A company limited by guarantee. Commonly used where companies are
formed for non-commercial purposes, such as clubs or charities. The
members guarantee the payment of certain (usually nominal) amounts if
the company goes into insolvent liquidation, but otherwise they have
no economic rights in relation to the company. This type of company is
common in England. A company limited by guarantee may be with or
without having share capital.
A company limited by shares. The most common form of company used for
business ventures. Specifically, a limited company is a "company in
which the liability of each shareholder is limited to the amount
individually invested" with corporations being "the most common
example of a limited company." This type of company is common in
publicly traded company or a privately held company.
A company limited by guarantee with a share capital. A hybrid entity, usually used where the company is formed for non-commercial purposes, but the activities of the company are partly funded by investors who expect a return. This type of company may no longer be formed in the UK, although provisions still exist in law for them to exist. A limited liability company. "A company—statutorily authorized in certain states—that is characterized by limited liability, management by members or managers, and limitations on ownership transfer", i.e., L.L.C. LLC structure has been called "hybrid" in that it "combines the characteristics of a corporation and of a partnership or sole proprietorship". Like a corporation, it has limited liability for members of the company, and like a partnership it has "flow-through taxation to the members" and must be "dissolved upon the death or bankruptcy of a member". An unlimited company with or without a share capital. A hybrid entity, a company where the liability of members or shareholders for the debts (if any) of the company are not limited. In this case doctrine of veil of incorporation does not apply.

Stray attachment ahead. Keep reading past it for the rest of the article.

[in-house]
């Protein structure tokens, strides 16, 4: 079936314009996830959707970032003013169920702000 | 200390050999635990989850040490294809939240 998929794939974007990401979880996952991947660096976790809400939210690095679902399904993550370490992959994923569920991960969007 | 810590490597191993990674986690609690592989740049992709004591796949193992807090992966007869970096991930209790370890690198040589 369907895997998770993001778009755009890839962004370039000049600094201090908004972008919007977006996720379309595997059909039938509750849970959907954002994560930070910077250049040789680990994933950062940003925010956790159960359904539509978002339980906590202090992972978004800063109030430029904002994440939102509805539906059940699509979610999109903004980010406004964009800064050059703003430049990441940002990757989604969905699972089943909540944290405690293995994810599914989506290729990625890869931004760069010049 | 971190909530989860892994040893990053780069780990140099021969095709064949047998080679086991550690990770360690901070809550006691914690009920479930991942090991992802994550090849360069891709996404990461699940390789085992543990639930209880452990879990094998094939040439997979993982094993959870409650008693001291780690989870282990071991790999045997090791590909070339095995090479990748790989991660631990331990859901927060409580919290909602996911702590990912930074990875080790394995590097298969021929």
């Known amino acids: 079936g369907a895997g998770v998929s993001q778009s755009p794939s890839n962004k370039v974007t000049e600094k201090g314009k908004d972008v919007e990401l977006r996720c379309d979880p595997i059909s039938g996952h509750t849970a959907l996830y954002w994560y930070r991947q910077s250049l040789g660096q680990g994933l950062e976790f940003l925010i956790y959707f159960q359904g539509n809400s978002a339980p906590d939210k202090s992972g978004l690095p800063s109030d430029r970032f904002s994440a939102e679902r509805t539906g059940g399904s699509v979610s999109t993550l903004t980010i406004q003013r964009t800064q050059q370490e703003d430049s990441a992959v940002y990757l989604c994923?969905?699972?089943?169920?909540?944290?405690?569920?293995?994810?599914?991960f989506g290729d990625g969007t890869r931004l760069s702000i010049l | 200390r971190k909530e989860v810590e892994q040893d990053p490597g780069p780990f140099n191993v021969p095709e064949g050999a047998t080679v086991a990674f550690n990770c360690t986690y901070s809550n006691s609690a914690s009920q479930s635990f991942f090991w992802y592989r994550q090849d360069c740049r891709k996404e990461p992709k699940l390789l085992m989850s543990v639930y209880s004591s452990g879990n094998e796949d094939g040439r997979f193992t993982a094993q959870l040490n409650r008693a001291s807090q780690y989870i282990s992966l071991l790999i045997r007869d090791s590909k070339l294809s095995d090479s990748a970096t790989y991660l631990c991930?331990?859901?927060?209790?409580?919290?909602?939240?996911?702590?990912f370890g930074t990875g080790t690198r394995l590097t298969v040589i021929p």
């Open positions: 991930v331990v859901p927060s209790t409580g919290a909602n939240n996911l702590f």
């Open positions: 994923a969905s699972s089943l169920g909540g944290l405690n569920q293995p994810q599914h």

Less common types of companies are:
Companies formed by letters patent. Most corporations by letters
patent are corporations sole and not companies as the term is commonly
Charter corporations. Before the passing of modern companies
legislation, these were the only types of companies. Now they are
relatively rare, except for very old companies that still survive (of
which there are still many, particularly many British banks), or